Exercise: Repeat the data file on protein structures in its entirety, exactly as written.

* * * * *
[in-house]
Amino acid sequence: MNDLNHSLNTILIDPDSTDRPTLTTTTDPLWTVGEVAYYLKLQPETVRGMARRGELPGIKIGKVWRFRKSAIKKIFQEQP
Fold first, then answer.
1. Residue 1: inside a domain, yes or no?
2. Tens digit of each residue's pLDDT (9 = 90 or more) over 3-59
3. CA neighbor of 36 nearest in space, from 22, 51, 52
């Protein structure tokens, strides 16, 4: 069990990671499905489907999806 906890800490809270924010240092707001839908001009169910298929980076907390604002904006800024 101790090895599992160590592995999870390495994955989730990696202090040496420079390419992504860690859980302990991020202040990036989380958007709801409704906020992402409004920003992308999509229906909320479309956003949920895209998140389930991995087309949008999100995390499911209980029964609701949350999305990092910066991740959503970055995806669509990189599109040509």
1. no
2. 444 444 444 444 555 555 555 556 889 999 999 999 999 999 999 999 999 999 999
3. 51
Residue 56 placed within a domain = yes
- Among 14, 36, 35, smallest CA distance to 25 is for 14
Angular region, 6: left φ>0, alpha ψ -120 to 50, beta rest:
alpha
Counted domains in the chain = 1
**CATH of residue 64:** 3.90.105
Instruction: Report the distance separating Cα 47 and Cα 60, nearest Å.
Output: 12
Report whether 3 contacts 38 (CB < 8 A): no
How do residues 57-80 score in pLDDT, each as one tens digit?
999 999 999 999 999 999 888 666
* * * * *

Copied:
[in-house]
Amino acid sequence: MNDLNHSLNTILIDPDSTDRPTLTTTTDPLWTVGEVAYYLKLQPETVRGMARRGELPGIKIGKVWRFRKSAIKKIFQEQP
Fold first, then answer.
1. Residue 1: inside a domain, yes or no?
2. Tens digit of each residue's pLDDT (9 = 90 or more) over 3-59
3. CA neighbor of 36 nearest in space, from 22, 51, 52
């Protein structure tokens, strides 16, 4: 069990990671499905489907999806 906890800490809270924010240092707001839908001009169910298929980076907390604002904006800024 101790090895599992160590592995999870390495994955989730990696202090040496420079390419992504860690859980302990991020202040990036989380958007709801409704906020992402409004920003992308999509229906909320479309956003949920895209998140389930991995087309949008999100995390499911209980029964609701949350999305990092910066991740959503970055995806669509990189599109040509």
1. no
2. 444 444 444 444 555 555 555 556 889 999 999 999 999 999 999 999 999 999 999
3. 51
Residue 56 placed within a domain = yes
- Among 14, 36, 35, smallest CA distance to 25 is for 14
Angular region, 6: left φ>0, alpha ψ -120 to 50, beta rest:
alpha
Counted domains in the chain = 1
**CATH of residue 64:** 3.90.105
Instruction: Report the distance separating Cα 47 and Cα 60, nearest Å.
Output: 12
Report whether 3 contacts 38 (CB < 8 A): no
How do residues 57-80 score in pLDDT, each as one tens digit?
999 999 999 999 999 999 888 666